Texas Children’s Bariatric Surgery Program has been changing the lives of adolescents and their
families for over 15 years. For teens who have medical conditions related to obesity, bariatric
surgery can improve their health and quality of life. These significant changes occur over a long
period of time, which is why Gia Annette Washington, PhD, assistant professor within the
Department of Pediatrics, Section of Psychology, is an important part of the clinical care team.
While physicians manage medical conditions and plans out surgery, Dr. Washington and her
associates ensure that the adolescent’s mental health is well supported throughout the process.
To ensure that adolescents who have weight loss surgery are ready for the lifestyle changes that
are required, they are seen by a team of physicians for at least 6 months prior to having surgery.
During that time, Dr. Washington performs a limited psychological evaluation focused on health
behaviors, including the family’s attitudes and traditions around food.
“In some families with intergenerational health habits that lead to obesity, some things,
like mindfulness around eating, are overlooked,” said Dr. Washington.
She also focuses on an adolescent’s social supports and mental health. Some obese
children have become withdrawn after years of being overlooked due to their weight. Others are
more confident in themselves and eager to improve their health.
“Sometimes I see adolescents who have psychological concerns, like severe anxiety or
depression and that might be from some experiences of teasing or harassment, or a child who has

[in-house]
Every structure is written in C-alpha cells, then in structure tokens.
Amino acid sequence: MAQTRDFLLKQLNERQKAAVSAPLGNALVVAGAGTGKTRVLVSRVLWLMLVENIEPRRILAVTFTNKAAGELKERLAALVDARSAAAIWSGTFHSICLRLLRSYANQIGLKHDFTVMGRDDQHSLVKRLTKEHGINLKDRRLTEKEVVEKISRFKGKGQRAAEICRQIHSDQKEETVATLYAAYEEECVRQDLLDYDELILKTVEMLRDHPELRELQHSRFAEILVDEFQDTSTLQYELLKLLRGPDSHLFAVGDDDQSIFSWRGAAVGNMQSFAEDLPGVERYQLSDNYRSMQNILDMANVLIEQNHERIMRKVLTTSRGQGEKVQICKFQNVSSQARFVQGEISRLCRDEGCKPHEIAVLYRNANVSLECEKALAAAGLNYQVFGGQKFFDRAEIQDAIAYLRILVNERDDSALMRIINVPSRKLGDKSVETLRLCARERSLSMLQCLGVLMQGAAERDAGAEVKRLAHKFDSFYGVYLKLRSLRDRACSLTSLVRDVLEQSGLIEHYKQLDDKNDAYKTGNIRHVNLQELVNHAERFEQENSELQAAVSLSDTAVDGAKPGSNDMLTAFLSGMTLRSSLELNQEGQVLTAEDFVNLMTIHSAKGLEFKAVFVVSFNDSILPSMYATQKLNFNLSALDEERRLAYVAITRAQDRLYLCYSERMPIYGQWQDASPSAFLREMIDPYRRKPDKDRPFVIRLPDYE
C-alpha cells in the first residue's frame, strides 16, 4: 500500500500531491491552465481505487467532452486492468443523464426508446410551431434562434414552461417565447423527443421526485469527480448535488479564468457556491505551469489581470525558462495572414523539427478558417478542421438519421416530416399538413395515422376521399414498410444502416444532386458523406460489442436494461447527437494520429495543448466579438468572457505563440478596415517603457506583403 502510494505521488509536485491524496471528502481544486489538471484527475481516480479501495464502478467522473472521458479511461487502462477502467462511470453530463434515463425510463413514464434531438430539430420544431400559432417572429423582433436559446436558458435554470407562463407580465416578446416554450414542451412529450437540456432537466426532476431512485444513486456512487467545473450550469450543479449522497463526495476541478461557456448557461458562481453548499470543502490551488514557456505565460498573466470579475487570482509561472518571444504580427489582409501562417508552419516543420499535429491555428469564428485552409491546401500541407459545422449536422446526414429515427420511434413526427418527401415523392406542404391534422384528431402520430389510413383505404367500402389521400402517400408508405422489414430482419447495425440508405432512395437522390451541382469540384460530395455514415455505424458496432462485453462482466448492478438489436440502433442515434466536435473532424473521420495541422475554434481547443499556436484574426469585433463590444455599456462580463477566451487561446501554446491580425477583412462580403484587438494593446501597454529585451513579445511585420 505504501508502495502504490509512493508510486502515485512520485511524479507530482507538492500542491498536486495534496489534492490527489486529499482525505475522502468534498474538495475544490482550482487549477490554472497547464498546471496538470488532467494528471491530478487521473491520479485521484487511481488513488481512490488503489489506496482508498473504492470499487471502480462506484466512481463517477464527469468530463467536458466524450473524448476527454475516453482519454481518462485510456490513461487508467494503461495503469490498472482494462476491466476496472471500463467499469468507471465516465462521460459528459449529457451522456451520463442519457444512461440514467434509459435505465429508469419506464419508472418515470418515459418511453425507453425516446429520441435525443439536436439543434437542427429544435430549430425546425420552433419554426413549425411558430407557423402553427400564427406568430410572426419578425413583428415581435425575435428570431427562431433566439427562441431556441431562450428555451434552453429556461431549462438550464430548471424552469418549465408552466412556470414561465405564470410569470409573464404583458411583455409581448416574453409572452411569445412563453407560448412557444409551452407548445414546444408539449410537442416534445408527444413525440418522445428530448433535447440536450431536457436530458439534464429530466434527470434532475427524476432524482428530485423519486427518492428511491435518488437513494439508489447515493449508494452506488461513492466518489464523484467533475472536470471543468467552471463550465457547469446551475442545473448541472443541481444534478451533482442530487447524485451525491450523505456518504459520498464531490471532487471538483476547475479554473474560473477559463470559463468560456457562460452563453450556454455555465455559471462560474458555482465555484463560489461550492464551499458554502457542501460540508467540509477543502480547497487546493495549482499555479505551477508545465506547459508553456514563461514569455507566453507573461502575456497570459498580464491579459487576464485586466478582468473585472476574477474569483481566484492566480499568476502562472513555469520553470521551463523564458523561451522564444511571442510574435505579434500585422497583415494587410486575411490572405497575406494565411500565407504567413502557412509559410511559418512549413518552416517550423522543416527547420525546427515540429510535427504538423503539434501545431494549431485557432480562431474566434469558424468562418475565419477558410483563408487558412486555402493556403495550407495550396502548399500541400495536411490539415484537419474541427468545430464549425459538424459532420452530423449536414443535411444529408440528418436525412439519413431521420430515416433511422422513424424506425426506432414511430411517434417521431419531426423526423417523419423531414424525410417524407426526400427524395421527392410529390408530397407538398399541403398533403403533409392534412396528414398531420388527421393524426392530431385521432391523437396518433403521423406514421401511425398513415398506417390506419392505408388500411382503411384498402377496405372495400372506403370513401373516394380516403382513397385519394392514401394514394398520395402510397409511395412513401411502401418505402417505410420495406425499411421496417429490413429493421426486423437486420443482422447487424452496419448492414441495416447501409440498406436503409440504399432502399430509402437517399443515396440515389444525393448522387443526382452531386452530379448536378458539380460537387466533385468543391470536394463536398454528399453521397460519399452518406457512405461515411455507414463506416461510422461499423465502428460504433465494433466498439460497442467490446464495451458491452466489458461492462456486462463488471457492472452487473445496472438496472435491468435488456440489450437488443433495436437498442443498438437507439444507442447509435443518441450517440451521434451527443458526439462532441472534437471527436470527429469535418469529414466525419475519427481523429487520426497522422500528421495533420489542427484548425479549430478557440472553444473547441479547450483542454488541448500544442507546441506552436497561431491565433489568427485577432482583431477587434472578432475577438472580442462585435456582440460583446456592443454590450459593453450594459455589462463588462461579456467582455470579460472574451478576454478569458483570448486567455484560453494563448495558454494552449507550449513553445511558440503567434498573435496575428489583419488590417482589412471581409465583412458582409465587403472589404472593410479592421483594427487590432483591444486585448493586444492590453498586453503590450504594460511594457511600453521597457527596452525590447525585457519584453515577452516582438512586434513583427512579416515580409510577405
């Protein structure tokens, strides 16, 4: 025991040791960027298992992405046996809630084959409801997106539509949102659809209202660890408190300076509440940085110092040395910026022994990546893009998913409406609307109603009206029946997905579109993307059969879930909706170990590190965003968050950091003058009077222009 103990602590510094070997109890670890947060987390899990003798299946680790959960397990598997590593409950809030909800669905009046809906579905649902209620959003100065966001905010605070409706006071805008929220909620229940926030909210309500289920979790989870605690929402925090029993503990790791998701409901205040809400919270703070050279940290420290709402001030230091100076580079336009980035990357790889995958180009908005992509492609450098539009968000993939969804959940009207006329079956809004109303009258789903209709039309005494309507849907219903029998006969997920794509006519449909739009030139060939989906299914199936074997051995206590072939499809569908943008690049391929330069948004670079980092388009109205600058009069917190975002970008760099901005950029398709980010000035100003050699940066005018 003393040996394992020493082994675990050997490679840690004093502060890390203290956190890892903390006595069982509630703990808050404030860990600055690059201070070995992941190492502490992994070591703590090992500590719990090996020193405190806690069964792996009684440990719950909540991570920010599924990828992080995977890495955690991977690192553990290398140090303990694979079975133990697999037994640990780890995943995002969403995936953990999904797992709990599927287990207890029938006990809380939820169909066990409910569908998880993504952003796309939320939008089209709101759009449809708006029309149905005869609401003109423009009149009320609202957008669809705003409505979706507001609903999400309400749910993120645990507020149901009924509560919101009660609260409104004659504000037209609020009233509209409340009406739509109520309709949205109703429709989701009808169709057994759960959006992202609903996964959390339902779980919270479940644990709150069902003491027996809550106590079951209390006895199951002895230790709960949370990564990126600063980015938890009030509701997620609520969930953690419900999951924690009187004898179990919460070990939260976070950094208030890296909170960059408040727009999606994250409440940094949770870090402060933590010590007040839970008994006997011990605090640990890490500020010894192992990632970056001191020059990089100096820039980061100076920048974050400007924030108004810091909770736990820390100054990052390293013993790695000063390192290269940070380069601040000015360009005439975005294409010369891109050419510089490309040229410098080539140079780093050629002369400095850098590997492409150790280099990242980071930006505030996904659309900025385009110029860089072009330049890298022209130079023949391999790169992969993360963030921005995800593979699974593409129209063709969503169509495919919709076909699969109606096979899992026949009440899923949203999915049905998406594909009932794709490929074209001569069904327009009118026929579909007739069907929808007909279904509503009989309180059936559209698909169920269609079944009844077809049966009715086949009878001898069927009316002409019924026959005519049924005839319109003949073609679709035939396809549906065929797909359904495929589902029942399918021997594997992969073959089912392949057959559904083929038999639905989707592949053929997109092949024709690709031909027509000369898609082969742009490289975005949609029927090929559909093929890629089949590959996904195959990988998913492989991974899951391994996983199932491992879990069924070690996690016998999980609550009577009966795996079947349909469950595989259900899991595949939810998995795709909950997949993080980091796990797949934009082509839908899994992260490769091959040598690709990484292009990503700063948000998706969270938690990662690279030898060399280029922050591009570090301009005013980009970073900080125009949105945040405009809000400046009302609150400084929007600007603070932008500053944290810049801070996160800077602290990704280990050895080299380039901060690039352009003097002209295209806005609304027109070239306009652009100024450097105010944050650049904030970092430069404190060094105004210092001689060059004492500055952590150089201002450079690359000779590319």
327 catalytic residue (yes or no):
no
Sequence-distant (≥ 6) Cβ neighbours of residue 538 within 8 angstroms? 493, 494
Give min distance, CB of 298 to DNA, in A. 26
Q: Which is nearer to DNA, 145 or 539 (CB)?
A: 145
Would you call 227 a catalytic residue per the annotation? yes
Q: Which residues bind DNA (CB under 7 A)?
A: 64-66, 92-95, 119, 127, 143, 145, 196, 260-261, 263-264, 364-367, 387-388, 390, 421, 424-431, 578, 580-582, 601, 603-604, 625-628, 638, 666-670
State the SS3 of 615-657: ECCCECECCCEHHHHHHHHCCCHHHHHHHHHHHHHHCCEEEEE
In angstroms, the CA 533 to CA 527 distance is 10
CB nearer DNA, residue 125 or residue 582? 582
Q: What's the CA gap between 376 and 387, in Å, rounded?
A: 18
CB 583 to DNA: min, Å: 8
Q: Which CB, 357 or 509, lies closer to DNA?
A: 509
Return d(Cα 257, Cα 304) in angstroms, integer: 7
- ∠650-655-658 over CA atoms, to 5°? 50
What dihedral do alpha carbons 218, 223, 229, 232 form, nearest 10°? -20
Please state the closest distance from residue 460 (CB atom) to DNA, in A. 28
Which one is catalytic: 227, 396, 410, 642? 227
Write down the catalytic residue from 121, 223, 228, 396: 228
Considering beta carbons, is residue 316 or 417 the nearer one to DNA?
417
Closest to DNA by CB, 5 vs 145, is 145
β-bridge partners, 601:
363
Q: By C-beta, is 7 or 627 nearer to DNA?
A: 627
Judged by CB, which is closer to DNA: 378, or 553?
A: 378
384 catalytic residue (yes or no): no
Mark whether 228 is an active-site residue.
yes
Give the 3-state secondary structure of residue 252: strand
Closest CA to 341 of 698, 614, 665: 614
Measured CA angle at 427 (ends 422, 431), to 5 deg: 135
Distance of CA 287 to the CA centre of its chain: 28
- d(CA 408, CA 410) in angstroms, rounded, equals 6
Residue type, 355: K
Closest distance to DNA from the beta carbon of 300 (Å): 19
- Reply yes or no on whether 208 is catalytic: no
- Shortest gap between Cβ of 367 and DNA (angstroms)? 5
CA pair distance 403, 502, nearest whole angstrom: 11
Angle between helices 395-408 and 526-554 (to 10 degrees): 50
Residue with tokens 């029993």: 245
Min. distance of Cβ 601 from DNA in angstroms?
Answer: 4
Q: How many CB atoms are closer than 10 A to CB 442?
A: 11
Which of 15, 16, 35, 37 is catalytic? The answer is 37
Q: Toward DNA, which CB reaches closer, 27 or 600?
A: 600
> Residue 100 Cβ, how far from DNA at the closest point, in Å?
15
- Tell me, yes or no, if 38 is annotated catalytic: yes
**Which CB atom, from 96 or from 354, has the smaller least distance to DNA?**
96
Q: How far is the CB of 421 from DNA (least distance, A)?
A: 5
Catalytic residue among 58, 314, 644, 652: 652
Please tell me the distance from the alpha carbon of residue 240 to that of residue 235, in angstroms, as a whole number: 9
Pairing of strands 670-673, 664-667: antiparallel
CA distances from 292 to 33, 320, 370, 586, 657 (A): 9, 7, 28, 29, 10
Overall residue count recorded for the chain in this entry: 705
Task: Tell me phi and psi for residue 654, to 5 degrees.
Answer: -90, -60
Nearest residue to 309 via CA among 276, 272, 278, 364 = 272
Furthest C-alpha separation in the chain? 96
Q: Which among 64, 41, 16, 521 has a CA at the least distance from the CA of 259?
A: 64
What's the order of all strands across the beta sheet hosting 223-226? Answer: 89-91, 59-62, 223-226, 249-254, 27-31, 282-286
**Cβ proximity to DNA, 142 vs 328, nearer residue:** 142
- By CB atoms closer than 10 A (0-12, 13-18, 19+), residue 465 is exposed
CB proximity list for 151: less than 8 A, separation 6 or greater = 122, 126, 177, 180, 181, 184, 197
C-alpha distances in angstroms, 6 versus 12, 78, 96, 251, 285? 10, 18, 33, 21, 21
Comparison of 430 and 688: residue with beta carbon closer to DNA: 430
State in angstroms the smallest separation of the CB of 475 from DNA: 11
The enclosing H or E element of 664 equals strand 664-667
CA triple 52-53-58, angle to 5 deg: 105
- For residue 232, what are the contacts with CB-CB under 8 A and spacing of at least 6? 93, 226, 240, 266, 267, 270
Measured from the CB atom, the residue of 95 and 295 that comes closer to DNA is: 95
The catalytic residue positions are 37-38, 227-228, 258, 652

always coped with anxiety through disordered eating,” said Dr. Washington. Teens who need
more mental health support are seen regularly by a mental health professional of their choosing.
Approaching a surgery date
As the time for surgery draws near, adolescents and their families are making decisions about the
type of surgery to have, if at all, and facing concerns about how these decisions are going to
impact their lives.
“I want the teen and the family to feel supported in this decision about weight
management intervention,” said Dr. Washington. No one is pressured into a specific intervention,
and families are offered every opportunity for education along the way. Some might be
concerned about appearing too thin, or how it will look to their friends when they are eating
different food at the lunch table. Each of these concerns can be addressed in detail so that the
teen feels prepared for the changes ahead.
At Texas Children’s Bariatric Center, care continues after surgery to help the family transition to
a new way of approaching their health habits.
“Usually at the end of my initial evaluation I’ll inform the family that I can be a part of
their care team to whatever extent is needed but in particular I might pop back up again about 6-8
weeks after surgery when a lot of our patients seem to hit a little bit of burnout,” said Dr.
Washington. At this point, adolescents sometimes become more irritable as they tire of clinic
visits and unexpected attention, and they can’t use food in ways they may have previously to
manage their emotions.
“It isn’t uncommon for overweight or obese kids to be overlooked, and sometimes
challenges around social negotiation, body boundaries or setting limits, are new skills. So for
some of our kids after surgery, they might need some support in navigating those kinds of peer
challenges,” said Dr. Washington.
Despite these challenges, teens can go through the Bariatric Surgery Program with a high
degree of commitment and enthusiasm about the long-term benefits of a healthy weight and see
significant improvement in their lives.
“I want them to feel empowered,” said Dr. Washington.
Learn about Texas Children’s Bariatric Surgery Program by calling 936-267-7333.